(photo credit: KKL-JNF)
The accumulation of greenhouse gases in the atmosphere is a mater of concern for all of humanity. There is an international effort to reduce carbon dioxide emissions, but there is one process that actually works in the reverse direction (along with carbon sequestration by the oceans) – the process of photosynthesis in trees that stores carbon while releasing oxygen into the atmosphere.
A long-term study of Yatir Forest carried out by Prof. Dan Yakir and his team from the Weizmann Institute of Science has provided surprising results. It turns out that this KKL-JNF coniferous forest on the edge of the desert, which grows in extreme climate conditions, sequesters oxygen to the same degree as European forests.
Data on the Yatir Forest: The trees reach an average height of 10 meters, the density is approximately 30 trees per dunam (quarter acre), while the precipitation consists of an average of only 285 mm. of rainfall per year.
The forest’s productivity in terms of carbon sequestration:
• About 230 kg. of carbon per quarter acre per year (i.e. about 7.7 kg. of carbon per tree per year).
• Over a period of 70–100 years (which is the estimated life extent of deciduous trees), each tree stores around 500–800 kg. of carbon.
In comparison, pine forests in Europe sequester 200 kg. of carbon per quarter acre each year. The average sequestration of most pine forests in the world is 250 kg. of carbon per quarter acre per year.
How does the Yatir Forest function so well and sequester carbon in its hot, dry conditions?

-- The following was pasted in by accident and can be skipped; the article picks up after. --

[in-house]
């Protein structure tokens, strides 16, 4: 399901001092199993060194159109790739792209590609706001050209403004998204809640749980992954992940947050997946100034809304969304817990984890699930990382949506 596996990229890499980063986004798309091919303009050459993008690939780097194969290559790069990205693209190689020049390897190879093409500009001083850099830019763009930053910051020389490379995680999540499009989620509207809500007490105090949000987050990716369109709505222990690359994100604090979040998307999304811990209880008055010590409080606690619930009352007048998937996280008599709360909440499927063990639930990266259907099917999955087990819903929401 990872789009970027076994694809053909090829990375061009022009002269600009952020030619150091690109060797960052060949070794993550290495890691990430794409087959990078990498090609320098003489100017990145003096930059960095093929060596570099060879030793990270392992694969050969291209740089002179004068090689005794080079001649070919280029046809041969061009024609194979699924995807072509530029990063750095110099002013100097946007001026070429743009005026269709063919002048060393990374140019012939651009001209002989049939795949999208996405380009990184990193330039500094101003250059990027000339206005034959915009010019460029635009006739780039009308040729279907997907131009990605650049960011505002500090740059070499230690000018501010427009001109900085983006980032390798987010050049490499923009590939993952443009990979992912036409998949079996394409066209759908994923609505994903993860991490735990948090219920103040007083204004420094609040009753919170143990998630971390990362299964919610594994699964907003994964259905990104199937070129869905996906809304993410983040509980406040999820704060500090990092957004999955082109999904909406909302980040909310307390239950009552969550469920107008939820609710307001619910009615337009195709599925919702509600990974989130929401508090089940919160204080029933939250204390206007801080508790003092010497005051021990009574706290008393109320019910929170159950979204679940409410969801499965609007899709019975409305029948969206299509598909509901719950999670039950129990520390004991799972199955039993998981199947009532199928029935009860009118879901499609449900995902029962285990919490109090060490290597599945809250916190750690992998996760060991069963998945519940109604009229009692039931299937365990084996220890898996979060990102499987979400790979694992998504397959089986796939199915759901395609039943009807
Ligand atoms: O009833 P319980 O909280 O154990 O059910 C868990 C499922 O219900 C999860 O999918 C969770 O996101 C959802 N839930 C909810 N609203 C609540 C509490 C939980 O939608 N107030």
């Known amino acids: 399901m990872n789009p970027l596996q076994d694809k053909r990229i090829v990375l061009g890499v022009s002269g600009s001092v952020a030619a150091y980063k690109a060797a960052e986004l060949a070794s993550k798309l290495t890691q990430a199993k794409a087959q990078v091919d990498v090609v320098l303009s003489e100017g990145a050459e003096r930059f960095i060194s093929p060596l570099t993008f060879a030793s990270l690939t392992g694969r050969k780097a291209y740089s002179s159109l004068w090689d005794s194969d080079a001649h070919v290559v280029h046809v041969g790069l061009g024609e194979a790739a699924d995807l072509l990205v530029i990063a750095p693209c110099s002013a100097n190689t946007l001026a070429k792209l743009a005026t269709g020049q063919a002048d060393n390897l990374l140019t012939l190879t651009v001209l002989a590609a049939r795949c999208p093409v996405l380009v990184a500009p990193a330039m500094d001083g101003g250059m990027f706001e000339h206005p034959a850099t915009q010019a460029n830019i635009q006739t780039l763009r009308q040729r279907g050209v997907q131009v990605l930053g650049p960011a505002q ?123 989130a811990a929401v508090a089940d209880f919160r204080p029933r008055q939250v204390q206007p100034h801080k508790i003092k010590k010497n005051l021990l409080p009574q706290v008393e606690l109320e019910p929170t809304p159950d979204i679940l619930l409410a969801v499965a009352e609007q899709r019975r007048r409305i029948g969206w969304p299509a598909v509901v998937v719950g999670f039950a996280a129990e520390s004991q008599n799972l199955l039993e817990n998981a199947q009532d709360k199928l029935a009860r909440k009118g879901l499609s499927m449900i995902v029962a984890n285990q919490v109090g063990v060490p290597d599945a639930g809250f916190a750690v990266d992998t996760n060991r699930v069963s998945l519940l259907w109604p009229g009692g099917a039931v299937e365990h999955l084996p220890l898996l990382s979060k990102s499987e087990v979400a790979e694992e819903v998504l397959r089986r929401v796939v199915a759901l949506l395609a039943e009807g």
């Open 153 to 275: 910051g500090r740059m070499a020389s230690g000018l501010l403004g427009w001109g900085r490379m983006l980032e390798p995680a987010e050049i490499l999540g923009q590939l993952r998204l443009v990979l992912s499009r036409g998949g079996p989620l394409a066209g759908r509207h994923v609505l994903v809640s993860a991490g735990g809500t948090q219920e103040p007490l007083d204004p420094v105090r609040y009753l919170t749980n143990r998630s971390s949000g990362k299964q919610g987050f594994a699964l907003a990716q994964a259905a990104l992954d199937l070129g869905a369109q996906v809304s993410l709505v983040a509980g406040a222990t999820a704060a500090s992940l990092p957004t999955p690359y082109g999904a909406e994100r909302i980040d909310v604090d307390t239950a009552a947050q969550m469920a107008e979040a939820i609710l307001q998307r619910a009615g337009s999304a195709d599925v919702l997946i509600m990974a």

1. The trees use less energy for respiration than is needed for photosynthesis.
2. Its biological activity (carbon sequestration) starts early in the spring, enabling a long activity season, similar to European forests.
These factors lead to higher efficiency in the carbon utilization process.
Also worth noting:
• Side by side with the Yatir Forest’s surprising efficiency in carbon sequestration, its dark foliage causes it to become somewhat hotter than its paler edge-of-the desert environment. Although this warming process works in the opposite direction, it does not negate the high degree of carbon sequestration.
• At the present time, KKL-JNF and the researchers are preparing to expand their research and measurements to forests in the Mediterranean regions of Israel.
Other Ecological and Social Values of the Forest
Alongside the forest’s important and unique value in terms of carbon sequestration, it has other important values. The following is what one tree accomplishes:
• Filters and purifies about 100,000 cubic meters of air every year.
• Absorbs approximately 20 kg. of dust per year.
• “Swallows” 80 kg. of compounds containing polluting particles in a year
• Produces around 700 kg. of oxygen annually.
• Increases rainwater penetration into the soil and prevents erosion from taking place.
• Helps lower the temperature in its surroundings in the summer by up to 4 degrees.
• Reduces noise pollution in its vicinity.
• May serve as a home for dozens for birds.
• May reduce the effect of earthquakes.
• Raises the value of nearby properties.
• Adds beauty to the environment.
Economics-based research studies have shown that in Israel’s high-density, urban environment, the forest’s recreation value, when calculated in a cautious manner that only takes into account the price that country’s residents have to pay to get to the forest, covers the cost of establishing and tending the forest over the years. Obviously, this profit does not appear in any official cash flow record, but it is expressed in the forest’s social value when it is enjoyed for leisure purposes by all who visit it.
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